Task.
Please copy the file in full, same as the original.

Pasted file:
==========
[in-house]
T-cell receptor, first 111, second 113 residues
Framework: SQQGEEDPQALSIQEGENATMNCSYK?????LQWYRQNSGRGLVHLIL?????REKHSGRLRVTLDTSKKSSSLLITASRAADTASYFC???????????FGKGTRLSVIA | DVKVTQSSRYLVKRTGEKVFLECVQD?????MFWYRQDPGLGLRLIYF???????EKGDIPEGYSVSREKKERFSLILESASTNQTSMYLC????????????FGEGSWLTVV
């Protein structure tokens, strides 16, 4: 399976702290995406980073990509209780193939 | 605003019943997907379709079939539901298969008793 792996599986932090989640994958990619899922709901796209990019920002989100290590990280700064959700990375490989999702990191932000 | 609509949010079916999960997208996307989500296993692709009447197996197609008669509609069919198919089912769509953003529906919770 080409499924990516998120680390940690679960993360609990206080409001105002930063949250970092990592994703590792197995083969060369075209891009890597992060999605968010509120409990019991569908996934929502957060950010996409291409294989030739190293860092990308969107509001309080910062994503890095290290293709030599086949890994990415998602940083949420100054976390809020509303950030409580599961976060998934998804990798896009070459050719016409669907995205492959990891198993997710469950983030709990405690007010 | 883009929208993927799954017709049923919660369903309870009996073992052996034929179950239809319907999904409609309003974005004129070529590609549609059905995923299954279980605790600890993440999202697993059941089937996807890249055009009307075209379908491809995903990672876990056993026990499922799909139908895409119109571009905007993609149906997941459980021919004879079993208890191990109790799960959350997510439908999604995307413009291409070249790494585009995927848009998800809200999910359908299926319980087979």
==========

[in-house]
T-cell receptor, first 111, second 113 residues
Framework: SQQGEEDPQALSIQEGENATMNCSYK?????LQWYRQNSGRGLVHLIL?????REKHSGRLRVTLDTSKKSSSLLITASRAADTASYFC???????????FGKGTRLSVIA | DVKVTQSSRYLVKRTGEKVFLECVQD?????MFWYRQDPGLGLRLIYF???????EKGDIPEGYSVSREKKERFSLILESASTNQTSMYLC????????????FGEGSWLTVV
């Protein structure tokens, strides 16, 4: 399976702290995406980073990509209780193939 | 605003019943997907379709079939539901298969008793 792996599986932090989640994958990619899922709901796209990019920002989100290590990280700064959700990375490989999702990191932000 | 609509949010079916999960997208996307989500296993692709009447197996197609008669509609069919198919089912769509953003529906919770 080409499924990516998120680390940690679960993360609990206080409001105002930063949250970092990592994703590792197995083969060369075209891009890597992060999605968010509120409990019991569908996934929502957060950010996409291409294989030739190293860092990308969107509001309080910062994503890095290290293709030599086949890994990415998602940083949420100054976390809020509303950030409580599961976060998934998804990798896009070459050719016409669907995205492959990891198993997710469950983030709990405690007010 | 883009929208993927799954017709049923919660369903309870009996073992052996034929179950239809319907999904409609309003974005004129070529590609549609059905995923299954279980605790600890993440999202697993059941089937996807890249055009009307075209379908491809995903990672876990056993026990499922799909139908895409119109571009905007993609149906997941459980021919004879079993208890191990109790799960959350997510439908999604995307413009291409070249790494585009995927848009998800809200999910359908299926319980087979």